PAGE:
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India- Australia Relations

  • Published
    21st Jun, 2022
Context

The Australian deputy Prime Minister is to visit India from June 20 to 23, considering India and Australia as closest security partners.

  • The Indian government is set to revitalise Australia’s historical engagement across Indo-pacific.
About
  • Ties between India and Australia started right from the time when European settlement began in Australia.
  • When New South Wales was founded as a penal colony, all trade with the colony was controlled by the British East India Company.
  • Before the Commonwealth of Australia was formed in 1901, many migrant workers and labourers were taken from the Indian subcontinent to Australia.
  • India established a Trade Office in Sydney in 1941.
  • After independence, in 1950, Robert Menzies became the first Australian Prime Minister to visit India. He had earlier supported India’s admission into the Commonwealth as a republic.
  • In 2009, a ‘Strategic Partnership’ was established between the two countries and relations have significantly expanded since then.
  • In 2013, A K Antony became the first-ever Indian Defence Minister to visit Australia. The current PM Narendra Modi visited Australia in November 2014, a few months after he was appointed the PM.

India-Australia ties

  • People-to-people ties: There are many citizens in Australia with Indian origins. Out of the country’s 24 million people, about half a million are of Indian origin.
    • The fastest-growing language in Australia is Punjabi.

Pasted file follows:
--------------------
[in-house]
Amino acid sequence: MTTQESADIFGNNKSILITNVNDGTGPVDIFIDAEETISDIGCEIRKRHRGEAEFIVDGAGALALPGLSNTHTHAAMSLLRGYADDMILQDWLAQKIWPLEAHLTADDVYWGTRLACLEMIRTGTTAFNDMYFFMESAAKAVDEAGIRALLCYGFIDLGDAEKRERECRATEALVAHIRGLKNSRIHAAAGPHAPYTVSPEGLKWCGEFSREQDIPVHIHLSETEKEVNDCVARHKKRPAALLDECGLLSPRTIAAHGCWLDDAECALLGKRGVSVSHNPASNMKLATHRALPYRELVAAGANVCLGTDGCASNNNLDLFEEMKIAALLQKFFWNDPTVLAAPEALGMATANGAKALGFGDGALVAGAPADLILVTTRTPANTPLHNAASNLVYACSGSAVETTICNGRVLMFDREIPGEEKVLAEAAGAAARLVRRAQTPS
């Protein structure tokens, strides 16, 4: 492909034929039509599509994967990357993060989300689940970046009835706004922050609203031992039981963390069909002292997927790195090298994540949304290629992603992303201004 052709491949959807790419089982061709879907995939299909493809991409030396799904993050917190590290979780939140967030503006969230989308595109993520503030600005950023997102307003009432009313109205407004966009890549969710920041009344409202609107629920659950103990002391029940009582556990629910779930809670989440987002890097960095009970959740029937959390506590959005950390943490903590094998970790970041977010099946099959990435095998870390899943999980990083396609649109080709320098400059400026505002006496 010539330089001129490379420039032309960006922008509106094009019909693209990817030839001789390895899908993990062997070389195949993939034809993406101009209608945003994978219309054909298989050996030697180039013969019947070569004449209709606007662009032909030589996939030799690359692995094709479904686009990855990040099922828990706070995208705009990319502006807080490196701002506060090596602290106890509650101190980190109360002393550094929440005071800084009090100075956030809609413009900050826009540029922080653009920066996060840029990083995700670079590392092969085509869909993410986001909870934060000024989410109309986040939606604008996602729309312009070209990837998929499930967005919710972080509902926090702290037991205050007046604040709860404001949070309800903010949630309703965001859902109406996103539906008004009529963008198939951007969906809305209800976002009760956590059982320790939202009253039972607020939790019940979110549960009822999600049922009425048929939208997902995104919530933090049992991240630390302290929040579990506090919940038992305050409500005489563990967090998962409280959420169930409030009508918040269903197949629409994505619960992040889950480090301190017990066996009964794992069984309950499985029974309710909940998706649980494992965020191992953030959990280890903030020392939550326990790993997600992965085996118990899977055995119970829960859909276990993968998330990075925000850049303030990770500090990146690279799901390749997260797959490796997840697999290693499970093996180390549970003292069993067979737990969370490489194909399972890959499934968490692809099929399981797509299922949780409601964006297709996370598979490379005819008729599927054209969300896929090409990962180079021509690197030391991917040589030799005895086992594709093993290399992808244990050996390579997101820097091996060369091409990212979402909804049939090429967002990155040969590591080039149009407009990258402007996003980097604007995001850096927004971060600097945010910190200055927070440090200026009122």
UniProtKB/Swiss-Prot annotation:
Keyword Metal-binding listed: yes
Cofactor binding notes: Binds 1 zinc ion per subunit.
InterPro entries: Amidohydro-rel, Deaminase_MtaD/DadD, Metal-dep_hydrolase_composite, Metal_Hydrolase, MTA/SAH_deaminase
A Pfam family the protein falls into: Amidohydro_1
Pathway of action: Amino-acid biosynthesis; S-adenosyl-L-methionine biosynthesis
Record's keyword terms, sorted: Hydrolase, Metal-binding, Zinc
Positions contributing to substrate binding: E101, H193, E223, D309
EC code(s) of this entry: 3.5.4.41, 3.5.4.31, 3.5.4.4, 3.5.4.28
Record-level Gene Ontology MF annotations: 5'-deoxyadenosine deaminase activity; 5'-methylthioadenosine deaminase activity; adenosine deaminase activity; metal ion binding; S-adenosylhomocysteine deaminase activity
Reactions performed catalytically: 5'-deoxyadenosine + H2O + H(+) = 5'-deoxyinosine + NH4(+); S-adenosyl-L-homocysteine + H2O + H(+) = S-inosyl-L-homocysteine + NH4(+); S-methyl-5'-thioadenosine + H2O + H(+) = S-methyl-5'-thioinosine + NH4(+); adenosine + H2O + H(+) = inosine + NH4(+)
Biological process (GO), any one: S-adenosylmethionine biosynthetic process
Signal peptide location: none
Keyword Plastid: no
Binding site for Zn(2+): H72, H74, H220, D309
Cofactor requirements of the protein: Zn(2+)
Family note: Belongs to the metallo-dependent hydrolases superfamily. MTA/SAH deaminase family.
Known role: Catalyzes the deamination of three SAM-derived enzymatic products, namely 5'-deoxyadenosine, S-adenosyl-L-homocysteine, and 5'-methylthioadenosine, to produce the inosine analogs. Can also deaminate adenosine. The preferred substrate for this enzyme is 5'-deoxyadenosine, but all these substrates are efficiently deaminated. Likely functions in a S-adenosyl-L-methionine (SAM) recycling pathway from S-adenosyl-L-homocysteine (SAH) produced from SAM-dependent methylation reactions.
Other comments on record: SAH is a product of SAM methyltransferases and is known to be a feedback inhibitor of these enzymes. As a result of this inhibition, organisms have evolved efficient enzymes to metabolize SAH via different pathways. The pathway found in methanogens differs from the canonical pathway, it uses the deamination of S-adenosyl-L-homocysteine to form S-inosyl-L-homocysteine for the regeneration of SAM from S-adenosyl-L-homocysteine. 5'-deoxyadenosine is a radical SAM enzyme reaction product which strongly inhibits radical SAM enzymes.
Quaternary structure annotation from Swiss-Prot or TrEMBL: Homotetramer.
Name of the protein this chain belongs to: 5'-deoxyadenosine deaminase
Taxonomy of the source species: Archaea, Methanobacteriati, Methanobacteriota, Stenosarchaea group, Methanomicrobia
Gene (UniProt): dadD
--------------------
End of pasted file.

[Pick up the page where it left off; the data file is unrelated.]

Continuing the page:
• As of 2017, more than 60000 students from India are studying in Australia.
    • More than 2 lakh Indians visit Australia every year.
  • Economic Relations: As of the year 2016, the bilateral trade between the two nations is worth $21.9 billion. 
    • India is Australia’s largest export market for gold and chickpeas, the second-largest market for coal and copper ores and the third-largest market for lead and wool.
    • Four products – coal, non-monetary gold, copper ores & concentrates and petroleum – accounted for over 80 per cent of India’s imports from Australia, with coal and gold being the dominant imports in 2011-12.
    • India is Australia’s tenth largest trading partner and the fifth-largest export market.
  • Military Relations: A joint naval exercise called AUSINDEXis carried out between India and Australia every year.
    • In 2007, Australia was a participant in the Malabar Exercise which is an annual trilateral naval exercise between India, the USA and Japan.

Significance of Indo-pacific region for both India and Australia

  • The reason being maritime routes, the Indian Ocean and the Pacific provide the sea lanes.
  • Majority of the world’s trade passes through these oceans.
  • The term ‘Indo-Pacific’ is interpreted differently by different stakeholders.
    • India considers the region as an inclusive, open, integrated and balanced space. India continuously emphasises on strategic inter-connections, common challenges and opportunities between the Indian Ocean and the Pacific.
    • The U.S. considers it to be a free and open Indo-Pacific, highlighting the importance of rules or norms of conduct in the region, thus trying to contain the role of China in the region.
    • The ASEAN countries look at Indo-Pacific as a consociational model, thus bringing in China not only for the sake of giving it some stake holdership but looking for ways to cooperate with it in the region.

India’s perspective

  • A lot of India’s special partners, the US, Australia, Japan and Indonesia actually look at Indo-Pacific as Asia Pacific plus India.
  • They try to embed India into the strategic dynamic of Asia Pacific.
  • They want India’s presence in the South China Sea, East China Sea, basically to counter China.
  • India however, seeks to cooperate for architecture for peace and security in the region.
  • The common prosperity and security require the countries to evolve, through dialogue, a common rules-based order for the region. For India, Indo-Pacific stands for a free, open, inclusive region.
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